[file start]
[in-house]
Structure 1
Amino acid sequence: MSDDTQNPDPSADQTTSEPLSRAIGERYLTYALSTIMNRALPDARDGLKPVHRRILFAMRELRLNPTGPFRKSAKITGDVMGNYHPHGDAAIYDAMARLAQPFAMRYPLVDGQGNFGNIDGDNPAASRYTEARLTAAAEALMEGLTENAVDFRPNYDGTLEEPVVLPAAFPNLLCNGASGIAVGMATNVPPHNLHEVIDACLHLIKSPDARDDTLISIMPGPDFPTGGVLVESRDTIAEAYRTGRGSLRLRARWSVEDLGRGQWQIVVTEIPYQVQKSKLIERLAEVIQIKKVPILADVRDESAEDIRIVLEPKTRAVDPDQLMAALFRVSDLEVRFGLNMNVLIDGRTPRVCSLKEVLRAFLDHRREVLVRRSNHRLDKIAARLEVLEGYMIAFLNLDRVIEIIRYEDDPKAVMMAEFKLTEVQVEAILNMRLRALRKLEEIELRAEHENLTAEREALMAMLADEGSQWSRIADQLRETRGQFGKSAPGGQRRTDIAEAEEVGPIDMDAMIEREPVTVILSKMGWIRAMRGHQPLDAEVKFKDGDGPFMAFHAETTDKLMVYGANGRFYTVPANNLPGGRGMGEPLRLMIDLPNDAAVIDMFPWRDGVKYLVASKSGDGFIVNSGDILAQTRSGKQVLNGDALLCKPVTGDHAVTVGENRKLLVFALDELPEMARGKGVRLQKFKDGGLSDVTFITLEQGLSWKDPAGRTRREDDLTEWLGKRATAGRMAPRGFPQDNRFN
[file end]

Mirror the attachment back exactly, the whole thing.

[in-house]
Structure 1
Amino acid sequence: MSDDTQNPDPSADQTTSEPLSRAIGERYLTYALSTIMNRALPDARDGLKPVHRRILFAMRELRLNPTGPFRKSAKITGDVMGNYHPHGDAAIYDAMARLAQPFAMRYPLVDGQGNFGNIDGDNPAASRYTEARLTAAAEALMEGLTENAVDFRPNYDGTLEEPVVLPAAFPNLLCNGASGIAVGMATNVPPHNLHEVIDACLHLIKSPDARDDTLISIMPGPDFPTGGVLVESRDTIAEAYRTGRGSLRLRARWSVEDLGRGQWQIVVTEIPYQVQKSKLIERLAEVIQIKKVPILADVRDESAEDIRIVLEPKTRAVDPDQLMAALFRVSDLEVRFGLNMNVLIDGRTPRVCSLKEVLRAFLDHRREVLVRRSNHRLDKIAARLEVLEGYMIAFLNLDRVIEIIRYEDDPKAVMMAEFKLTEVQVEAILNMRLRALRKLEEIELRAEHENLTAEREALMAMLADEGSQWSRIADQLRETRGQFGKSAPGGQRRTDIAEAEEVGPIDMDAMIEREPVTVILSKMGWIRAMRGHQPLDAEVKFKDGDGPFMAFHAETTDKLMVYGANGRFYTVPANNLPGGRGMGEPLRLMIDLPNDAAVIDMFPWRDGVKYLVASKSGDGFIVNSGDILAQTRSGKQVLNGDALLCKPVTGDHAVTVGENRKLLVFALDELPEMARGKGVRLQKFKDGGLSDVTFITLEQGLSWKDPAGRTRREDDLTEWLGKRATAGRMAPRGFPQDNRFN